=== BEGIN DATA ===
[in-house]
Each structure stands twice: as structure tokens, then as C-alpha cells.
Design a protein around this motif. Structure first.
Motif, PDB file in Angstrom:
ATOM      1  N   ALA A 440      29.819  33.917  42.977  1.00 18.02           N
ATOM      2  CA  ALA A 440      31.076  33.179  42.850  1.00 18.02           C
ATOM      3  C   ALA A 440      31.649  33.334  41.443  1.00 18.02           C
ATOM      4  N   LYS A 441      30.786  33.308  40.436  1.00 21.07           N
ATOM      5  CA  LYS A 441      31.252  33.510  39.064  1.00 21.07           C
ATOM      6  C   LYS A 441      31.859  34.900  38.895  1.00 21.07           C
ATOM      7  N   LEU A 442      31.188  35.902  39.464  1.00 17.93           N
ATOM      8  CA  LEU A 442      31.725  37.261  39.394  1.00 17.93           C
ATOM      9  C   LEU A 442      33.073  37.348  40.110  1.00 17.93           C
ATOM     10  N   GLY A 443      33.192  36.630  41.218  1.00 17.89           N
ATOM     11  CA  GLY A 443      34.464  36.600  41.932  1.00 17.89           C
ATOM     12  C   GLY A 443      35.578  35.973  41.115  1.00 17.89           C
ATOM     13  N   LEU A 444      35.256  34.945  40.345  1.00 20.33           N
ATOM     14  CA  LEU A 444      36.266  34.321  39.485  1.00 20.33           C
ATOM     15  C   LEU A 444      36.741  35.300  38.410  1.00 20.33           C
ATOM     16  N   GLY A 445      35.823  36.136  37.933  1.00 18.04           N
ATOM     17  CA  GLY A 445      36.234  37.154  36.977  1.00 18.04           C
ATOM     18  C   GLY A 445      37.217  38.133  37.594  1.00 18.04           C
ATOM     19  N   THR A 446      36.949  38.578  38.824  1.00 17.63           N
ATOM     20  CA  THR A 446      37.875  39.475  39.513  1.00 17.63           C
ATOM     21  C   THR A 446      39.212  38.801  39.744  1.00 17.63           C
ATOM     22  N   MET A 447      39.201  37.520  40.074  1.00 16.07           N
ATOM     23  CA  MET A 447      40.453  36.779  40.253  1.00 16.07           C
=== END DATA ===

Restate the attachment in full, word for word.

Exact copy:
[in-house]
Each structure stands twice: as structure tokens, then as C-alpha cells.
Design a protein around this motif. Structure first.
Motif, PDB file in Angstrom:
ATOM      1  N   ALA A 440      29.819  33.917  42.977  1.00 18.02           N
ATOM      2  CA  ALA A 440      31.076  33.179  42.850  1.00 18.02           C
ATOM      3  C   ALA A 440      31.649  33.334  41.443  1.00 18.02           C
ATOM      4  N   LYS A 441      30.786  33.308  40.436  1.00 21.07           N
ATOM      5  CA  LYS A 441      31.252  33.510  39.064  1.00 21.07           C
ATOM      6  C   LYS A 441      31.859  34.900  38.895  1.00 21.07           C
ATOM      7  N   LEU A 442      31.188  35.902  39.464  1.00 17.93           N
ATOM      8  CA  LEU A 442      31.725  37.261  39.394  1.00 17.93           C
ATOM      9  C   LEU A 442      33.073  37.348  40.110  1.00 17.93           C
ATOM     10  N   GLY A 443      33.192  36.630  41.218  1.00 17.89           N
ATOM     11  CA  GLY A 443      34.464  36.600  41.932  1.00 17.89           C
ATOM     12  C   GLY A 443      35.578  35.973  41.115  1.00 17.89           C
ATOM     13  N   LEU A 444      35.256  34.945  40.345  1.00 20.33           N
ATOM     14  CA  LEU A 444      36.266  34.321  39.485  1.00 20.33           C
ATOM     15  C   LEU A 444      36.741  35.300  38.410  1.00 20.33           C
ATOM     16  N   GLY A 445      35.823  36.136  37.933  1.00 18.04           N
ATOM     17  CA  GLY A 445      36.234  37.154  36.977  1.00 18.04           C
ATOM     18  C   GLY A 445      37.217  38.133  37.594  1.00 18.04           C
ATOM     19  N   THR A 446      36.949  38.578  38.824  1.00 17.63           N
ATOM     20  CA  THR A 446      37.875  39.475  39.513  1.00 17.63           C
ATOM     21  C   THR A 446      39.212  38.801  39.744  1.00 17.63           C
ATOM     22  N   MET A 447      39.201  37.520  40.074  1.00 16.07           N
ATOM     23  CA  MET A 447      40.453  36.779  40.253  1.00 16.07           C